Selwyn concludes, with these words: ‘The oil of priesthood flowing over the heads and faces of the anointed ones and the dew descending from Hermon’s slopes and extending into the regions beyond gives a picture of unity’s far reaching influence. Oil and dew; two things that make the pilgrim way both ‘good’ and ‘pleasant’. How powerful the Church would be if the unity spoken here was our chief characteristic.’

The sadness one feels when considering what Israel lost when they rejected their Saviour; is the same type of sadness,  that we experience today, when we see various Christian groups acting in disunity – I feel that it’s the same terrible rejection of God’s love.

Your thoughts?

The basis of community

My notes on Every Day with Jesus, written by Selwyn Hughes; revised and updated by Mick Brooks, published by CWR.

January/February 2014 Issue – ‘Songs for the Road’

Today’s text for reading and meditation:

Psalm 133 (NIV): ‘How good and pleasant it is when God’s people live together in unity!

It is like precious oil poured on the head, running down on the beard, running down on Aaron’s beard, down on the collar of his robe.

It is as if the dew of Hermon were falling on Mount Zion. For there the Lord bestows his blessing, even life for evermore.”

We read in today’s study; ‘Two images are used by the psalmist to describe the blessings that result from unity. Let’s look first at the image of oil running down over Aaron’s beard. Exodus tells us about the ordination of Aaron and his sons. After sacrifices were prepared he was dressed in priestly garments and a special anointing oil was poured over his head. Oil, as most of you would be aware, is used in Scripture as a symbol of the Holy Spirit. …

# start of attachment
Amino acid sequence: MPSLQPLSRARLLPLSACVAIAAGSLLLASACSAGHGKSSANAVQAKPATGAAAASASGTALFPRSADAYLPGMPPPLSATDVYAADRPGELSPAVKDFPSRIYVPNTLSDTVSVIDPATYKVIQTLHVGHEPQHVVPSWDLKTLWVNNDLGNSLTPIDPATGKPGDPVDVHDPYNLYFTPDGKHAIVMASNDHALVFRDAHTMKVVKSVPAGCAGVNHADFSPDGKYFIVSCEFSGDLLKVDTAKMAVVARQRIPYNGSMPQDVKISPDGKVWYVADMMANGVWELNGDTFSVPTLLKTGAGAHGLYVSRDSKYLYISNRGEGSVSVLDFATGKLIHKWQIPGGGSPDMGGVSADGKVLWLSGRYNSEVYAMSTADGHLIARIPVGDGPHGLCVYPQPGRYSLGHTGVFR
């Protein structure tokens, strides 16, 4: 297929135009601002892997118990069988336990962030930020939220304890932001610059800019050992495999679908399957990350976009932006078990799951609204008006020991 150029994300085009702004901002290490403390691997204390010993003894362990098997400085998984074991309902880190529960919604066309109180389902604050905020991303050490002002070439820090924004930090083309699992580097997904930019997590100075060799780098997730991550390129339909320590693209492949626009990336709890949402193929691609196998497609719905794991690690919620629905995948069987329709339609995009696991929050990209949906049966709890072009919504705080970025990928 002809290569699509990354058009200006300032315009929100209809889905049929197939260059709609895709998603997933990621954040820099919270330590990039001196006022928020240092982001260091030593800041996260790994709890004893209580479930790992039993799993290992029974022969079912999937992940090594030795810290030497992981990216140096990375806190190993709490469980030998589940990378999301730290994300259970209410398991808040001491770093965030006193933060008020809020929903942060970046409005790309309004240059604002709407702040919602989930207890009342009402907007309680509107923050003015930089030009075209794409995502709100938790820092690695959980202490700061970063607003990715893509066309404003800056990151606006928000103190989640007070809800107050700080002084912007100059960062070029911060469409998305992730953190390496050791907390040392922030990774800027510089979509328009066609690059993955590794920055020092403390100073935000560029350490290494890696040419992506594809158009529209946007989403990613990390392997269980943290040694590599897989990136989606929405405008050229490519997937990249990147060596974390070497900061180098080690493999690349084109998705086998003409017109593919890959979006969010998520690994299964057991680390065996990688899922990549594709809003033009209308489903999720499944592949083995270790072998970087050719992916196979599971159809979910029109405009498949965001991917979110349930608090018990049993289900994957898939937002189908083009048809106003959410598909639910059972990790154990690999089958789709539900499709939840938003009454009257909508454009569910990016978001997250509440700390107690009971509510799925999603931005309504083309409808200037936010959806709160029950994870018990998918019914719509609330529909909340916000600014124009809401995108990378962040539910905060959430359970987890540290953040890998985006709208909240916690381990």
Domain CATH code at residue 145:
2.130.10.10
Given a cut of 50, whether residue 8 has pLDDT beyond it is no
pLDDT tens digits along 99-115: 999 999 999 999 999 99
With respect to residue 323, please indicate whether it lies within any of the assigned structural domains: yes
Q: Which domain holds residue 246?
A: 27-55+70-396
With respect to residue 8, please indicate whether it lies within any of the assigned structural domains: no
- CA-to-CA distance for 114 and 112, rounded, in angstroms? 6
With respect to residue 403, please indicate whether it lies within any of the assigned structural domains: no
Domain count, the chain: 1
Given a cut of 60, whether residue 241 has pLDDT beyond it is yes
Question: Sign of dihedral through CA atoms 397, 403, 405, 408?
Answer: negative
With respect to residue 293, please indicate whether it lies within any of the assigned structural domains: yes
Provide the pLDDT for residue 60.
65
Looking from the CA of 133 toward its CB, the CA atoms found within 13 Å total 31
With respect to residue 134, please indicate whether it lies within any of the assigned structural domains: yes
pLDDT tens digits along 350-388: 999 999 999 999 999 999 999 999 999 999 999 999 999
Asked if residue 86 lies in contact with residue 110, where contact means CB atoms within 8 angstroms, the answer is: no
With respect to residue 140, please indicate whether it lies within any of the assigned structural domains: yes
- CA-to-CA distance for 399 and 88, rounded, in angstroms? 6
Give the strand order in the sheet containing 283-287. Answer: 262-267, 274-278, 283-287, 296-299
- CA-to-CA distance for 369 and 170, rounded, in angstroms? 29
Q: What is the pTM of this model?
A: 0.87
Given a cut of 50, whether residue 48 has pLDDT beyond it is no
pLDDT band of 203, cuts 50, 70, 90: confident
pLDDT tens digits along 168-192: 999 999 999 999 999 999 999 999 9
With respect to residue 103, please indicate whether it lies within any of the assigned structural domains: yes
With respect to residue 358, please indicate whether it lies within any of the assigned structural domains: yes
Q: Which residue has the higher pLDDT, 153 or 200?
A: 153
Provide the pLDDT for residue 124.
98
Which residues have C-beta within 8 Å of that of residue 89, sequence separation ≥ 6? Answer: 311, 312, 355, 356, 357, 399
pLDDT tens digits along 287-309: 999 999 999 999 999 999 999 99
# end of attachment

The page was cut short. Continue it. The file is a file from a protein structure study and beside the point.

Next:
Our community with one another consists solely in what Christ has done to both of us.

I think the prayer for today, is an excellent summary of this study: ‘O Father, thank You for reminding me that our community of believers is determined by what we are, by reason of Your Son. You have anointed us with Your Spirit and thus set us apart for service to one another. Help me grasp this thrilling truth. Amen.’

Why is there division within and between Christian communities? Is it because of pride and prejudices or the inability to forgive?

In John 13:34, we read: ‘A new command I give you: love one another. As I have loved you, so you must love one another.  By this everyone will know that you are my disciples, if you love one another.’ Perhaps, the divisions we see within the Christian Church, comes down to the basic fact that we don’t love each other in the same way that Jesus loves us?

In Paul’s letter to the Philippians (2:1-4), we have this excellent advice: ‘Therefore if you have any encouragement from being united with Christ, if any comfort from his love, if any common sharing in the Spirit, if any tenderness and compassion, then make my joy complete by being like-minded, having the same love, being one in spirit and of one mind. Do nothing out of selfish ambition or vain conceit. Rather, in humility value others above yourselves, not looking to your own interests but each of you to the interests of the others.’ [Sermon below, covers these verses.]

And, in Paul’s letter to the Colossians 3:1-4,12-14: ‘Since, then, you have been raised with Christ, set your hearts on things above, where Christ is, seated at the right hand of God.  Set your minds on things above, not on earthly things. For you died, and your life is now hidden with Christ in God. When Christ, who is your life, appears, then you also will appear with him in glory. …

Therefore, as God’s chosen people, holy and dearly loved, clothe yourselves with compassion, kindness, humility, gentleness and patience. Bear with each other and forgive one another if any of you has a grievance against someone. Forgive as the Lord forgave you. And over all these virtues put on love, which binds them all together in perfect unity.